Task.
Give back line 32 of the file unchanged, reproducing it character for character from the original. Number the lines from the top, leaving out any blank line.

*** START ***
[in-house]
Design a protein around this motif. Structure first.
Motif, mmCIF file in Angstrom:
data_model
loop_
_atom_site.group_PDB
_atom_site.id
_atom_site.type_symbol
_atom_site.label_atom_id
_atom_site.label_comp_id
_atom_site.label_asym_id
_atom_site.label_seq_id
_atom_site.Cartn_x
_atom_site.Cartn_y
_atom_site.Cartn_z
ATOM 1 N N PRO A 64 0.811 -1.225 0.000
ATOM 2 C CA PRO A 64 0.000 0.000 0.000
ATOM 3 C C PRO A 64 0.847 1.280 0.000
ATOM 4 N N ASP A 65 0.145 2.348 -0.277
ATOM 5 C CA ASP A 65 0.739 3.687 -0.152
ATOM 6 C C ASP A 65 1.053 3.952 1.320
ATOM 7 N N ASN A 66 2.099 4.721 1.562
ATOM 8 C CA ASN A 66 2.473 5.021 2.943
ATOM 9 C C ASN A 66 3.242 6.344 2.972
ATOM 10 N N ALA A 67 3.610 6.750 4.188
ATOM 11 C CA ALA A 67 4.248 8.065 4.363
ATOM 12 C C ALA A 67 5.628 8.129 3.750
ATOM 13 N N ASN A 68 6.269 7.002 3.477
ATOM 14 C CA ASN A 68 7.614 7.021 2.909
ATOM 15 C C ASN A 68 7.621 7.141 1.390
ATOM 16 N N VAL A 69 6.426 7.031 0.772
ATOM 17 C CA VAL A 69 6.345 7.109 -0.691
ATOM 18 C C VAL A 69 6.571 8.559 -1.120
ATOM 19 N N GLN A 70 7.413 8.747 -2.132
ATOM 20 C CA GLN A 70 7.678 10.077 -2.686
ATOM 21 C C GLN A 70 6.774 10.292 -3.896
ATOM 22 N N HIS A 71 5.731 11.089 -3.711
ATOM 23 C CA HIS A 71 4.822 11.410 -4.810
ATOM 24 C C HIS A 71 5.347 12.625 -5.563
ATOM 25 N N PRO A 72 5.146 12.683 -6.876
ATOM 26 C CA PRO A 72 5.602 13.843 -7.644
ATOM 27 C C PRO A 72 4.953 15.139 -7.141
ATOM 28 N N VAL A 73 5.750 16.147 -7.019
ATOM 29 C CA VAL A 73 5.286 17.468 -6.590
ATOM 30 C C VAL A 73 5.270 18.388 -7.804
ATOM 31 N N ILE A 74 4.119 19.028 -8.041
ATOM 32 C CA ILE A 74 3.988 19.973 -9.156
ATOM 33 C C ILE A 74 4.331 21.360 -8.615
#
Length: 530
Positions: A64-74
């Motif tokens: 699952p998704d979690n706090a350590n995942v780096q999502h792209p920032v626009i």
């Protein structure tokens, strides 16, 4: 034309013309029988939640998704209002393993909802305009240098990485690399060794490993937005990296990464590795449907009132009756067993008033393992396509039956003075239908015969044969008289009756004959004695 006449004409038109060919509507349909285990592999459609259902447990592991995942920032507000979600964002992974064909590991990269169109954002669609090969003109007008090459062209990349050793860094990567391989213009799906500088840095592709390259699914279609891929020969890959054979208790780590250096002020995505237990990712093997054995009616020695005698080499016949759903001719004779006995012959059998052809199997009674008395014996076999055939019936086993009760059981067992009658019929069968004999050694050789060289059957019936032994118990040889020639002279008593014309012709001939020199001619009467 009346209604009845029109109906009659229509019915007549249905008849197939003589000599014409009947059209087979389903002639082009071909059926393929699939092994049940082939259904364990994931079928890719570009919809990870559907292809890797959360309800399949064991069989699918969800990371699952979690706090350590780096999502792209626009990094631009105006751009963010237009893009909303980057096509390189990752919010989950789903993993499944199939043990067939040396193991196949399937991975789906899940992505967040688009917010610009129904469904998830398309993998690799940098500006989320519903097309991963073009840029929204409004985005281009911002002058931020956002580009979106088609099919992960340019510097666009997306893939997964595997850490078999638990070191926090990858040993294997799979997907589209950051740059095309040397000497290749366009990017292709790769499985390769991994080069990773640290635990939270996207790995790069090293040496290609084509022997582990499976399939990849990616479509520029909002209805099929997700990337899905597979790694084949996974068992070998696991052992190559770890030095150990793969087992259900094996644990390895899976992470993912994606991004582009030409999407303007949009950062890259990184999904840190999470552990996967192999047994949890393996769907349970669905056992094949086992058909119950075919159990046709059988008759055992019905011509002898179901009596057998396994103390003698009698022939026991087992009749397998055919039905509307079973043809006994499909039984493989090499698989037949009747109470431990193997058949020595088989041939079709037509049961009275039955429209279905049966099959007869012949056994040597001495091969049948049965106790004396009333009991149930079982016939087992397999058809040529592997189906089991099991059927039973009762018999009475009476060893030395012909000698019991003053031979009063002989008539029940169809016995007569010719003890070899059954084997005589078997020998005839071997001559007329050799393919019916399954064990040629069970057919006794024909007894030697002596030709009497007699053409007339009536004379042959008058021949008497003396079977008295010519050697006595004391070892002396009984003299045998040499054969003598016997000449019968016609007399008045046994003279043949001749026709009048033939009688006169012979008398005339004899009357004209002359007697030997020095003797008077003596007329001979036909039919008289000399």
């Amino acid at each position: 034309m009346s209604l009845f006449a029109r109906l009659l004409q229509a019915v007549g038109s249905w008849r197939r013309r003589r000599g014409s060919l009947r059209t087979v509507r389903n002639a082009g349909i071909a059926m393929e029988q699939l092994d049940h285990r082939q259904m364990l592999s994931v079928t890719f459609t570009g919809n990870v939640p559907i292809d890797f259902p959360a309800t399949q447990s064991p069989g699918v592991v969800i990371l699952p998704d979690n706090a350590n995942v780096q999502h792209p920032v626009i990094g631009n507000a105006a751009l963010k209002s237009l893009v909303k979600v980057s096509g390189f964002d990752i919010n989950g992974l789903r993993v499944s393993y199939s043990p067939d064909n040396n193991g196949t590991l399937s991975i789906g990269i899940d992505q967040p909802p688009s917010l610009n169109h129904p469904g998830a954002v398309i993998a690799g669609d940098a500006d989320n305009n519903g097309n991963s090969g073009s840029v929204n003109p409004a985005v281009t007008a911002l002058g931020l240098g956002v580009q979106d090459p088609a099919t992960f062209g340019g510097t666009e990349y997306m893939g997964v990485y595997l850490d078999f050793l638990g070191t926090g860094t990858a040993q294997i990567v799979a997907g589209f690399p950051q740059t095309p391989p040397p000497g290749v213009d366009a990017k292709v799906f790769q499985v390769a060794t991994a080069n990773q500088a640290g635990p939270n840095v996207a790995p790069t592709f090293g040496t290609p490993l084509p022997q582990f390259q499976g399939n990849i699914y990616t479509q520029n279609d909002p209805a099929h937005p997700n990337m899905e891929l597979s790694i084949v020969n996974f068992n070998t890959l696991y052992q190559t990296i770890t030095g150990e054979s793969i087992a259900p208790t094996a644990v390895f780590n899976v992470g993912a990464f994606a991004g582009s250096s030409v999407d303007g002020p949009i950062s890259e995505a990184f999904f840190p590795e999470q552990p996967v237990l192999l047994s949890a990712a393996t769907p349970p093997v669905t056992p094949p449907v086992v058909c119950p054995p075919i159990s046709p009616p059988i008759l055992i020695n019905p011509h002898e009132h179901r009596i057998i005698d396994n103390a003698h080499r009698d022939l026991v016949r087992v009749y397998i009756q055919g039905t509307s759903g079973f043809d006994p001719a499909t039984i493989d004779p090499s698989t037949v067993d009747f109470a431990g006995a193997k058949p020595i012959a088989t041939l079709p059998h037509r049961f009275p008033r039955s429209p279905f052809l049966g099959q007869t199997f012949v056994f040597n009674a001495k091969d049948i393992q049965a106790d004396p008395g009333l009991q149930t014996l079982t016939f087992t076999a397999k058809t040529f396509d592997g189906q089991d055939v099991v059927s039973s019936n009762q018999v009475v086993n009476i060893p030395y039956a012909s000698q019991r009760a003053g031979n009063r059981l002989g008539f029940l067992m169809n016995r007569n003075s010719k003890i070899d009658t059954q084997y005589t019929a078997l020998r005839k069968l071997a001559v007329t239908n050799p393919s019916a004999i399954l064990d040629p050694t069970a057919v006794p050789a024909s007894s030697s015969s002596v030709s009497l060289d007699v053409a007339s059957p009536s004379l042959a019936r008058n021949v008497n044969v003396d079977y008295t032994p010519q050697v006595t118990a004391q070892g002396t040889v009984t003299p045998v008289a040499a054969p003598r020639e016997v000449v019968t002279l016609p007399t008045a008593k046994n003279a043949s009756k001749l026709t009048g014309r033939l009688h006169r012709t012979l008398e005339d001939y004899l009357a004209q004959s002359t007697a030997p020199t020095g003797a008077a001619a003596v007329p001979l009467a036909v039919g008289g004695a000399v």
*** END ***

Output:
ATOM 17 C CA VAL A 69 6.345 7.109 -0.691